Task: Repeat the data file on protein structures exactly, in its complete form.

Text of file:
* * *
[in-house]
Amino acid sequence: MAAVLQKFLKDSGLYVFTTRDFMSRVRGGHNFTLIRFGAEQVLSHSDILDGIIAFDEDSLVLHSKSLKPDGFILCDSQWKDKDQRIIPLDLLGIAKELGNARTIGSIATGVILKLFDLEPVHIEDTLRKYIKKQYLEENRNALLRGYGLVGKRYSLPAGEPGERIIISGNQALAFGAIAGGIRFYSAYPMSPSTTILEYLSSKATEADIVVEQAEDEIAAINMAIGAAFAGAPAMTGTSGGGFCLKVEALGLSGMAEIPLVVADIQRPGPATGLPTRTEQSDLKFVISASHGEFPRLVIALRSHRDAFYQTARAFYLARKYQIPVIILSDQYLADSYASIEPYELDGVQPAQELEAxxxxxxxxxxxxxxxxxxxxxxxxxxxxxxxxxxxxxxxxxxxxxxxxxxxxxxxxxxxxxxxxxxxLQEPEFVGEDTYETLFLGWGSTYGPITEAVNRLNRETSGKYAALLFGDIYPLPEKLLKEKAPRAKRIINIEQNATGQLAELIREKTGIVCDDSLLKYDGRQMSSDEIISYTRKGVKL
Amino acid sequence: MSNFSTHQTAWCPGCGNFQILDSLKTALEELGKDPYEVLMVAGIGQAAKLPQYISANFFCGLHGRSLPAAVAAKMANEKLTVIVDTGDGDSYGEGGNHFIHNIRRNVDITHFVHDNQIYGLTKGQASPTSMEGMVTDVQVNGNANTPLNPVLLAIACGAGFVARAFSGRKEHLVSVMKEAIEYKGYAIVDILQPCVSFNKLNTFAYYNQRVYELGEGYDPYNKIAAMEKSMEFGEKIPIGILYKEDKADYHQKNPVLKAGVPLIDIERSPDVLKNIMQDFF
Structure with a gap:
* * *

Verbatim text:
[in-house]
Amino acid sequence: MAAVLQKFLKDSGLYVFTTRDFMSRVRGGHNFTLIRFGAEQVLSHSDILDGIIAFDEDSLVLHSKSLKPDGFILCDSQWKDKDQRIIPLDLLGIAKELGNARTIGSIATGVILKLFDLEPVHIEDTLRKYIKKQYLEENRNALLRGYGLVGKRYSLPAGEPGERIIISGNQALAFGAIAGGIRFYSAYPMSPSTTILEYLSSKATEADIVVEQAEDEIAAINMAIGAAFAGAPAMTGTSGGGFCLKVEALGLSGMAEIPLVVADIQRPGPATGLPTRTEQSDLKFVISASHGEFPRLVIALRSHRDAFYQTARAFYLARKYQIPVIILSDQYLADSYASIEPYELDGVQPAQELEAxxxxxxxxxxxxxxxxxxxxxxxxxxxxxxxxxxxxxxxxxxxxxxxxxxxxxxxxxxxxxxxxxxxLQEPEFVGEDTYETLFLGWGSTYGPITEAVNRLNRETSGKYAALLFGDIYPLPEKLLKEKAPRAKRIINIEQNATGQLAELIREKTGIVCDDSLLKYDGRQMSSDEIISYTRKGVKL
Amino acid sequence: MSNFSTHQTAWCPGCGNFQILDSLKTALEELGKDPYEVLMVAGIGQAAKLPQYISANFFCGLHGRSLPAAVAAKMANEKLTVIVDTGDGDSYGEGGNHFIHNIRRNVDITHFVHDNQIYGLTKGQASPTSMEGMVTDVQVNGNANTPLNPVLLAIACGAGFVARAFSGRKEHLVSVMKEAIEYKGYAIVDILQPCVSFNKLNTFAYYNQRVYELGEGYDPYNKIAAMEKSMEFGEKIPIGILYKEDKADYHQKNPVLKAGVPLIDIERSPDVLKNIMQDFF
Structure with a gap: